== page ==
Vaughn Palmer: Horgan mulls return to bad old days of B.C. politics


The arguments in favour of a fixed election date laid out by Liberal AG Geoff Plant still stand, says columnist Vaughn Palmer

VICTORIA — When B.C. became the first province to enact a fixed election date two decades ago, it was praised for curbing the power of premiers to play political games with the election cycle.

“The use of fixed election dates is to ensure that the timing of elections cannot be manipulated for political or partisan reasons,” to quote a posting on the website of the B.C. legislature.

“It is used to let British Columbians know how long a government will be in power and what timeline they have to meet their commitments. This helps to reduce uncertainty and improve a government’s accountability to the public. ”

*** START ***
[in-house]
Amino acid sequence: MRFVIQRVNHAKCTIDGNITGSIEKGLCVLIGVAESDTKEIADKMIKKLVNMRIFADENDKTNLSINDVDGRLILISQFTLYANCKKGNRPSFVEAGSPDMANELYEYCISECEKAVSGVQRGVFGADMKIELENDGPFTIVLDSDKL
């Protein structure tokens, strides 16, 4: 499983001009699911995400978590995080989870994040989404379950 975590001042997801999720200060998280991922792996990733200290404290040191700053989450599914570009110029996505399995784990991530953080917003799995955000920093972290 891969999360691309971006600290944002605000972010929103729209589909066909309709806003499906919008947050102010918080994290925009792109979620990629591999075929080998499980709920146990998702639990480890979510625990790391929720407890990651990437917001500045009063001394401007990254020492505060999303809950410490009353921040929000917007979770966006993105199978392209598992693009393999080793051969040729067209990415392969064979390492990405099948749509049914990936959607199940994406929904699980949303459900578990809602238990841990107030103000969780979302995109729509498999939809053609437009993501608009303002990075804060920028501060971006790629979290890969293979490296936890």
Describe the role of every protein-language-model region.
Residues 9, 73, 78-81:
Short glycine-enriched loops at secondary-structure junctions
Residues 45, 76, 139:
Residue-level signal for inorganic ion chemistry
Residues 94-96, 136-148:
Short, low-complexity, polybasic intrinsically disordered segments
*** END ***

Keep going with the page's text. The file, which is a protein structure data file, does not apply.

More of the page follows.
The rationale for the change was underscored by Geoff Plant, attorney-general in the B.C. Liberal government that enacted it in 2001.

Plant noted how premiers, limited only by the seldom-exercised prerogatives of the lieutenant-governor, had the power to determine when provincial elections would be held.

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Source:: Vancouver Sun – Politics

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